Benzie Area Genealogy Society

"Genealogists do not gather facts, but breathe life
into all  that have gone before them"
                 Family Tree Magazine

Native American Resources


U.S., Native American Applications for Enrollment in Five Civilized Tribes (overturned), 1896
in 1896 a Congressional law was passed that gave the Dawes Commission authority to oversee applications for tribal citizenship into the Five Civilized Tribes – Cherokee, Chickasaw, Choctaw, Creek, and Seminole. This database contains the applications for enrollment into these tribes from the Muskogee, Oklahoma area office. There are no records from the Seminole tribe because they made a separate arrangement with the Dawes Commission and bypassed the application process.
Individuals applying for tribal citizenship included:  Indians by blood; Spouses of Indians; Freedmen who were former members of the Five Civilized Tribes

Application files can include documents such as affidavits, depositions, letters, memorials, objections, lists of evidence, receipts for service of papers, notices of appeal, and references to case numbers. Some files contain further documents and background information that may provide more detail on the applicant’s life.
Each application received an application number. The applications are organized numerically. Applications from Chickasaw and Choctaw freedmen were filed separately from the applications for the rest of these two tribes.

How to Search This Database:
The first microfilm roll of this collection contains an index to all of the application files. The names in this index have been transcribed and can be searched on using the search template above. The index images may also be browsed by clicking on “Roll 01 – Master Index” in the browse table below.
There are several steps involved in locating an individual in this collection. The easiest way is to first locate an individual in the index. Note the applicant’s name, tribe name, and application number. Once you have this information, use it to locate the appropriate application images through the browse table by selecting a tribe followed by an application number range. You will then need to page through the images by using the “Next” button in the image viewer, until you get to the application number in which you’re looking for.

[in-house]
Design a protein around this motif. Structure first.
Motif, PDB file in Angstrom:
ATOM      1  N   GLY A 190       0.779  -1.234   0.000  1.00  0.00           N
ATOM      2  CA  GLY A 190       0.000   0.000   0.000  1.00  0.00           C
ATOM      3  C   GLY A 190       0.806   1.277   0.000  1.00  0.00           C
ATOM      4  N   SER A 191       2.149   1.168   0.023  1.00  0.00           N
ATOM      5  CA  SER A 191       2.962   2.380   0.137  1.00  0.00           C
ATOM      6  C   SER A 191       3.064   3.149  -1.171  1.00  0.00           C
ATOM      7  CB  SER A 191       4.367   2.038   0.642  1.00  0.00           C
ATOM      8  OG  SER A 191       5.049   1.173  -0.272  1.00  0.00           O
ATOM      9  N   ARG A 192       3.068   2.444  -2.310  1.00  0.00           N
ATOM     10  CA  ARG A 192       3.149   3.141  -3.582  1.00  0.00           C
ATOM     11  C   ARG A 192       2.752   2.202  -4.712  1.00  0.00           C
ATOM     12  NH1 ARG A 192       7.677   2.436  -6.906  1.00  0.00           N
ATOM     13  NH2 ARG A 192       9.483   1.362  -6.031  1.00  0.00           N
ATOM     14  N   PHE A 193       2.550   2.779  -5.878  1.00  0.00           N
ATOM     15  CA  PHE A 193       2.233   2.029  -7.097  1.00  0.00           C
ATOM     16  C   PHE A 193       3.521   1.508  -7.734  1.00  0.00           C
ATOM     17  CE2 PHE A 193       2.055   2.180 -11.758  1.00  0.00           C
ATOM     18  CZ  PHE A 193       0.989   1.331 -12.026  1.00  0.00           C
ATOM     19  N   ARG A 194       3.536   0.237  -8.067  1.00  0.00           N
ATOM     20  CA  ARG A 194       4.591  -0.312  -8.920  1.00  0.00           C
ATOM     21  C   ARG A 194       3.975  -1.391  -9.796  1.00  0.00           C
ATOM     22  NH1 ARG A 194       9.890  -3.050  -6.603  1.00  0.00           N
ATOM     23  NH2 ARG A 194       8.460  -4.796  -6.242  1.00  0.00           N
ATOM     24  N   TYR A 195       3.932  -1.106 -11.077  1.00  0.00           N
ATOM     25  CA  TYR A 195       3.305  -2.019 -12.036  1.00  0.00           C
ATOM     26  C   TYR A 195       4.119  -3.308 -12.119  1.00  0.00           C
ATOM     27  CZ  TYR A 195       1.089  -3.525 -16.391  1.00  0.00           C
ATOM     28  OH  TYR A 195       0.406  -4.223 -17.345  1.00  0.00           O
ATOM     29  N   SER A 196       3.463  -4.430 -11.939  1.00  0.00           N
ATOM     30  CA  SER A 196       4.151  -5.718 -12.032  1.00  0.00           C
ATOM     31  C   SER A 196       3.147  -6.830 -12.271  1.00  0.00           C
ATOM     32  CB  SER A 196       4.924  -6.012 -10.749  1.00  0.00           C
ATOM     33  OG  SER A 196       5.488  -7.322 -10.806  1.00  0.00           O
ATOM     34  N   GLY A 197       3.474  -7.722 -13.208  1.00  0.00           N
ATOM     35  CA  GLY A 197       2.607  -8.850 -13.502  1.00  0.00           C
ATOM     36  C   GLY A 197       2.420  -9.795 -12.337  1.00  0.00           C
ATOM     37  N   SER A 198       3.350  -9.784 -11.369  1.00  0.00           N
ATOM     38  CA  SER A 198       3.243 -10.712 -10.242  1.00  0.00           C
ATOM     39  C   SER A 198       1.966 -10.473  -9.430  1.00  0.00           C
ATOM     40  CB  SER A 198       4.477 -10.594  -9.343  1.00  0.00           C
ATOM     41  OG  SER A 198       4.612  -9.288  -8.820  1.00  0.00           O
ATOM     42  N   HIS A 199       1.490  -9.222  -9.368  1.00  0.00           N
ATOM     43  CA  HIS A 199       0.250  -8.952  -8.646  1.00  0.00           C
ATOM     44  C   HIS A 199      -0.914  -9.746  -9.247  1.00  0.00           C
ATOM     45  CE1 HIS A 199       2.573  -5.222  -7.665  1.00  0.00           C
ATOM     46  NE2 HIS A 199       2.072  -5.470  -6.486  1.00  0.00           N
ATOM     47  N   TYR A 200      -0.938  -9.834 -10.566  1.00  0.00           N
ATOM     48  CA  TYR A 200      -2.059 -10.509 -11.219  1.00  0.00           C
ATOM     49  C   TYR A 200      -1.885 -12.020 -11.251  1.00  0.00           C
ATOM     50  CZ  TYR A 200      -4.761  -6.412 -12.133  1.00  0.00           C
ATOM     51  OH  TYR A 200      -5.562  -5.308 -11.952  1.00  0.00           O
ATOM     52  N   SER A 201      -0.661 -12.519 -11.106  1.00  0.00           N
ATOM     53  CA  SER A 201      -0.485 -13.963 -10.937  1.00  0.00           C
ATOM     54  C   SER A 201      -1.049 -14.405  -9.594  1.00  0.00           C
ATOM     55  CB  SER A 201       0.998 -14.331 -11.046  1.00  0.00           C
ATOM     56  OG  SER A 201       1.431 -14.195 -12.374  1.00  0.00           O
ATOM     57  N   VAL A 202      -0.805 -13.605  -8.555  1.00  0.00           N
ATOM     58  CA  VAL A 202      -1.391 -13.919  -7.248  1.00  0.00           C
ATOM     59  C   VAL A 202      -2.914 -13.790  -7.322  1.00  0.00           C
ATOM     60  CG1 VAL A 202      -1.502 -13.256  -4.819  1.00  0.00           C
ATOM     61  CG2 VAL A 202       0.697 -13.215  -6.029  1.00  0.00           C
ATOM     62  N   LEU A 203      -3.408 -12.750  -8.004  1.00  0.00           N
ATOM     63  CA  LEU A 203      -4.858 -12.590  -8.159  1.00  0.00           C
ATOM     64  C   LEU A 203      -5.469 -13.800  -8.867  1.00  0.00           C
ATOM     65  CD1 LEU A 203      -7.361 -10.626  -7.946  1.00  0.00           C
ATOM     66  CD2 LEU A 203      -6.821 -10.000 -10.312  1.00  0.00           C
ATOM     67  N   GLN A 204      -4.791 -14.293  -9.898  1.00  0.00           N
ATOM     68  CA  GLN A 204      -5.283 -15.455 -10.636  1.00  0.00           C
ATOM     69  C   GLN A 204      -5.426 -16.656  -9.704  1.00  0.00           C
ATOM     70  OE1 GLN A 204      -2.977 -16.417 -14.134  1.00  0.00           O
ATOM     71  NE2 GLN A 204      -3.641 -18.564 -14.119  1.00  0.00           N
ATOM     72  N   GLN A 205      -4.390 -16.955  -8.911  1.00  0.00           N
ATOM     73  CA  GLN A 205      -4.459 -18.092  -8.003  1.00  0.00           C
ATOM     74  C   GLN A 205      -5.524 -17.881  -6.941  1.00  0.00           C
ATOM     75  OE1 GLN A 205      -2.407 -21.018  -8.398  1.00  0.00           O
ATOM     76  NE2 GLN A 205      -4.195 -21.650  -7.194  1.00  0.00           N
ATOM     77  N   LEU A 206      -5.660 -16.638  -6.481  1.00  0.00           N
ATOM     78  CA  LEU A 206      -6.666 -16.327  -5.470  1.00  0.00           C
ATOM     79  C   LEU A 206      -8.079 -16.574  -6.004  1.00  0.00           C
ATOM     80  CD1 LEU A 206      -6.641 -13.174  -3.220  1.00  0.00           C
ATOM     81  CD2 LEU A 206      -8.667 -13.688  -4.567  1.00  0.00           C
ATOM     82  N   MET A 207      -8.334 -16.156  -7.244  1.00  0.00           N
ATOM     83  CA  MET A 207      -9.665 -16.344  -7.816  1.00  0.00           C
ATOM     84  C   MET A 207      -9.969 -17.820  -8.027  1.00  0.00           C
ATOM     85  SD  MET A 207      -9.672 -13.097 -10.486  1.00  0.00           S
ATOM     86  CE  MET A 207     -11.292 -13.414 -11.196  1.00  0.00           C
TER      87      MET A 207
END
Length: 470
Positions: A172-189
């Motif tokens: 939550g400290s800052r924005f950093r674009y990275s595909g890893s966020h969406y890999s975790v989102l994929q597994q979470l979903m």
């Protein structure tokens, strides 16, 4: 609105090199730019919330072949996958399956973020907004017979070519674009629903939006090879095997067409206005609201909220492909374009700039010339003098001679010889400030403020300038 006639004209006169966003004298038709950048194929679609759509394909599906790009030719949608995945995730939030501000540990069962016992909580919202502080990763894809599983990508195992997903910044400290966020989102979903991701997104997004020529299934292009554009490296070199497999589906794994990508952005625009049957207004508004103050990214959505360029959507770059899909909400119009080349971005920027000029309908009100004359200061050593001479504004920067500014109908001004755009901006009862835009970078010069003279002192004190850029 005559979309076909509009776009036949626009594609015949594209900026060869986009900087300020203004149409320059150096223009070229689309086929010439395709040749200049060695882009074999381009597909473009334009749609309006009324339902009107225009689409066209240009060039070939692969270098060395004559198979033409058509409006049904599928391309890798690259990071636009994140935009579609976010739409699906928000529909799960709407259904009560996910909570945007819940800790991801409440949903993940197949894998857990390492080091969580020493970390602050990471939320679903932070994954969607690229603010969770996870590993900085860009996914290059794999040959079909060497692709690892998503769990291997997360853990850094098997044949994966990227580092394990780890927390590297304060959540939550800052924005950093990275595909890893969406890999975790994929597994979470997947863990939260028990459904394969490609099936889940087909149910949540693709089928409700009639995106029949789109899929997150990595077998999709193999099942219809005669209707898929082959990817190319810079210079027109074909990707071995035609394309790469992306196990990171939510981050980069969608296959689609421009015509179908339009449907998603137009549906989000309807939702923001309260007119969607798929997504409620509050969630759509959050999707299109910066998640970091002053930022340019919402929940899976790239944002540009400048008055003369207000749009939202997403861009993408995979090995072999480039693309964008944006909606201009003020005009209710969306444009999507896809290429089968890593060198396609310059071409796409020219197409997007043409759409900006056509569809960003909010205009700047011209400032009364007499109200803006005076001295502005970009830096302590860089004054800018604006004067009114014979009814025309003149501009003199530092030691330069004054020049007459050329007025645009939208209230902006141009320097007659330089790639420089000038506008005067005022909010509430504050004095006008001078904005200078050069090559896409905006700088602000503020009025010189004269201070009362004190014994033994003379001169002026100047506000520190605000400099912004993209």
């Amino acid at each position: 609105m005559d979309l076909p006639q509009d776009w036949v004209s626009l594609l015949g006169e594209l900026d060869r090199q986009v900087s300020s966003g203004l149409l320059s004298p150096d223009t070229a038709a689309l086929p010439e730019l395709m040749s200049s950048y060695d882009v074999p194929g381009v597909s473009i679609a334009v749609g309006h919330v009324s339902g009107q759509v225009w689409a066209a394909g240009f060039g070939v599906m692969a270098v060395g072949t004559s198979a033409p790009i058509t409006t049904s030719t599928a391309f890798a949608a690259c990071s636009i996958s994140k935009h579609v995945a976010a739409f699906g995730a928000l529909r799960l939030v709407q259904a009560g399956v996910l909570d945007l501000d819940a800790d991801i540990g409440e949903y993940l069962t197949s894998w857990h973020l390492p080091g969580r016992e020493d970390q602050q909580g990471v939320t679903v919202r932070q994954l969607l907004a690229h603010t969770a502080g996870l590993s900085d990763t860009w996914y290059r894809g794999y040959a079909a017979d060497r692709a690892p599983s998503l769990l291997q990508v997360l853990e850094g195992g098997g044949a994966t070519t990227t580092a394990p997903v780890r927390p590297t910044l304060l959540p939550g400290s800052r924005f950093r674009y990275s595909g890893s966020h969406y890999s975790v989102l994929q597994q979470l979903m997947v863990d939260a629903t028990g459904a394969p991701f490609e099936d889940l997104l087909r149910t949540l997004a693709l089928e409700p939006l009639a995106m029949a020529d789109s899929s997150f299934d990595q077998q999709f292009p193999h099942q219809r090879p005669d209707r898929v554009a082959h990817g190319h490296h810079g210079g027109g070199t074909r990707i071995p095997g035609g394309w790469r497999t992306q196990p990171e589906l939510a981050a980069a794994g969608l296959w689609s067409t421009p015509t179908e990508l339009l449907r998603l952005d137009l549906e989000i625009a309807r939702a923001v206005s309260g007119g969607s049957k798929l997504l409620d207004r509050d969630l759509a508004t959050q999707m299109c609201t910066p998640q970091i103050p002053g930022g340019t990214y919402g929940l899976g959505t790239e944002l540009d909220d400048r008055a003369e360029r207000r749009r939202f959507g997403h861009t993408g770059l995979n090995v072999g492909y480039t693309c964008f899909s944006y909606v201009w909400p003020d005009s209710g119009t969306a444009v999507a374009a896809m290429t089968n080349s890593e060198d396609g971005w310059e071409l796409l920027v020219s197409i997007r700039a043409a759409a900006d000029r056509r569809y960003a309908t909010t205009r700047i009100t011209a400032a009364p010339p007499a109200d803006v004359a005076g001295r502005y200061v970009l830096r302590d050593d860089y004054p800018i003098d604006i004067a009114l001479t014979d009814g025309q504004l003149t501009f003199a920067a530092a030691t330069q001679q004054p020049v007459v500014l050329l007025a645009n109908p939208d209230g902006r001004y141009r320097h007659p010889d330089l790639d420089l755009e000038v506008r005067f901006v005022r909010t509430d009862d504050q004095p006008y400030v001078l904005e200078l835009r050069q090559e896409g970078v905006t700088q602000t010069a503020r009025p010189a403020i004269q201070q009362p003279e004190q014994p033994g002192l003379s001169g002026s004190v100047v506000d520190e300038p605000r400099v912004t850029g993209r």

On the very last roll of microfilm (Roll 54, there are some miscellaneous files and applications that were received past the application deadline. These records are not included in the Master Index, so if you do not find a particular individual in the Master Index, be sure to search through these miscellaneous records.
Some of the above information was taken from the Descriptive Pamphlet of National Archives Microfilm Publication M1650, National Archives, Washington, D.C. Please consult this pamphlet for a more detailed description and history of these records.

      Included data collections:
     California, Index to Census Roll of Indians, 1928-1933
     Census of the Blackfeet, Montana, 1897-1898
     Indians of the Pike's Peak Region
     Minnesota, Indian Allotment Records, 1888-1919 FREE INDEX
     North Carolina, Native American Census Selected Tribes, 1894-1913 FREE INDEX
     Oklahoma Osage Tribe Roll, 1921
     Oklahoma and Indian Territory, Dawes Census Cards for Five Civilized Tribes, 1898-1914
     Oklahoma and Indian Territory, Indian Censuses and Rolls, 1851-1959
     Oklahoma and Indian Territory, Indian Photos, 1850-1930
     Oklahoma and Indian Territory, Indian and Pioneer Historical Collection, 1937
     Oklahoma and Indian Territory, Land Allotment Jackets for Five Civilized Tribes, 1884-1934
     Oklahoma and Indian Territory, Marriage, Citizenship and Census Records, 1841-1927
     Oklahoma, Creek Equalization Records, 1912-1921
     Oklahoma, Historical Indian Archives Index, 1856-1933
     Oklahoma, Indian Land Allotment Sales, 1908-1927
     U.S., Census Records and Cherokee Muster Rolls, 1835-1838
     U.S., Cherokee Baker Roll and Records, 1924-1929 FREE INDEX
     U.S., Citizenship Case Files in Indian Territory, 1896-1897 FREE INDEX
     U.S., Indian Census Rolls, 1885-1940
     U.S., Indian Wills, 1910-1921
     U.S., Native American Applications for Enrollment in Five Civilized Tribes (overturned), 1896
     U.S., Native American Applications for Enrollment in Five Civilized Tribes, 1898-1914
     U.S., Native American Citizens and Freedmen of Five Civilized Tribes, 1895-1914
     U.S., Ratified Indian Treaties and Chiefs, 1722-1869
     U.S., Records Related to Enrollment of Eastern Cherokee by Guion Miller, 1908-1910
     U.S., Schedules of Special Census of Indians, 1880 FREE INDEX
     U.S., Wallace Roll of Cherokee Freedmen, 1890-1893
     Walker River Valley, Nevada Paiute Indian Records, 1897-1901
     Walker River Valley, Nevada Paiute Indian Records, 1902-06
     Walker River Valley, Nevada Paiute Indian Records, 1907-12
     Walker River Valley, Nevada Paiute Indian Records, 1914-20
     Washington, Enrollment and Allotment Applications of Washington Indians, 1911-1919 FREE INDEX